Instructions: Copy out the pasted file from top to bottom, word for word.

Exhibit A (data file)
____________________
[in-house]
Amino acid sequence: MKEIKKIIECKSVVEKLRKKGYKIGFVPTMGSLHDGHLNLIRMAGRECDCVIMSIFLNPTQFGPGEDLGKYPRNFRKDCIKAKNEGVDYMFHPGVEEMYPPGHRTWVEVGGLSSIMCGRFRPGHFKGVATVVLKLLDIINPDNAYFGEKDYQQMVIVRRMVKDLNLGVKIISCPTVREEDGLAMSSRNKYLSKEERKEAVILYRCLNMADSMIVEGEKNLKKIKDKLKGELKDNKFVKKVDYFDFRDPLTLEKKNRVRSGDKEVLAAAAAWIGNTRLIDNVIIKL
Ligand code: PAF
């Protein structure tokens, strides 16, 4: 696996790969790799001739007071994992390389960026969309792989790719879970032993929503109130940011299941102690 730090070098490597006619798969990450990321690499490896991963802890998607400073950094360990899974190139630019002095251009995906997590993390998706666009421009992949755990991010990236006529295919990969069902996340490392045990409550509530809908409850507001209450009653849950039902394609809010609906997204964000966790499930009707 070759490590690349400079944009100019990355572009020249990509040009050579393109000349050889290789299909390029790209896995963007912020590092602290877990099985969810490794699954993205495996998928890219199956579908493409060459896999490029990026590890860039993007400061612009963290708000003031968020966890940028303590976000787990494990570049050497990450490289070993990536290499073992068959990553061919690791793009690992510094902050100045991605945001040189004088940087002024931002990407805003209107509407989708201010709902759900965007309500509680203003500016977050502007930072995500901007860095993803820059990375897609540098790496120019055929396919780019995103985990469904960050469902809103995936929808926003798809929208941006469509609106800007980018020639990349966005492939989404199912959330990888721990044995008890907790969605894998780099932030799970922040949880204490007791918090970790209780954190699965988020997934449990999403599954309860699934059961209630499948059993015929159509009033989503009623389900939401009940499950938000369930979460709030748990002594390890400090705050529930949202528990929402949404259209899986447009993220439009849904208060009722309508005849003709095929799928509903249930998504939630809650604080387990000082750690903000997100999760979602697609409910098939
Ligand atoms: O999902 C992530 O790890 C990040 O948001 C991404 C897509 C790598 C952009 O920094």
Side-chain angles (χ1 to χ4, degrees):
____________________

[in-house]
Amino acid sequence: MKEIKKIIECKSVVEKLRKKGYKIGFVPTMGSLHDGHLNLIRMAGRECDCVIMSIFLNPTQFGPGEDLGKYPRNFRKDCIKAKNEGVDYMFHPGVEEMYPPGHRTWVEVGGLSSIMCGRFRPGHFKGVATVVLKLLDIINPDNAYFGEKDYQQMVIVRRMVKDLNLGVKIISCPTVREEDGLAMSSRNKYLSKEERKEAVILYRCLNMADSMIVEGEKNLKKIKDKLKGELKDNKFVKKVDYFDFRDPLTLEKKNRVRSGDKEVLAAAAAWIGNTRLIDNVIIKL
Ligand code: PAF
């Protein structure tokens, strides 16, 4: 696996790969790799001739007071994992390389960026969309792989790719879970032993929503109130940011299941102690 730090070098490597006619798969990450990321690499490896991963802890998607400073950094360990899974190139630019002095251009995906997590993390998706666009421009992949755990991010990236006529295919990969069902996340490392045990409550509530809908409850507001209450009653849950039902394609809010609906997204964000966790499930009707 070759490590690349400079944009100019990355572009020249990509040009050579393109000349050889290789299909390029790209896995963007912020590092602290877990099985969810490794699954993205495996998928890219199956579908493409060459896999490029990026590890860039993007400061612009963290708000003031968020966890940028303590976000787990494990570049050497990450490289070993990536290499073992068959990553061919690791793009690992510094902050100045991605945001040189004088940087002024931002990407805003209107509407989708201010709902759900965007309500509680203003500016977050502007930072995500901007860095993803820059990375897609540098790496120019055929396919780019995103985990469904960050469902809103995936929808926003798809929208941006469509609106800007980018020639990349966005492939989404199912959330990888721990044995008890907790969605894998780099932030799970922040949880204490007791918090970790209780954190699965988020997934449990999403599954309860699934059961209630499948059993015929159509009033989503009623389900939401009940499950938000369930979460709030748990002594390890400090705050529930949202528990929402949404259209899986447009993220439009849904208060009722309508005849003709095929799928509903249930998504939630809650604080387990000082750690903000997100999760979602697609409910098939
Ligand atoms: O999902 C992530 O790890 C990040 O948001 C991404 C897509 C790598 C952009 O920094």
Side-chain angles (χ1 to χ4, degrees):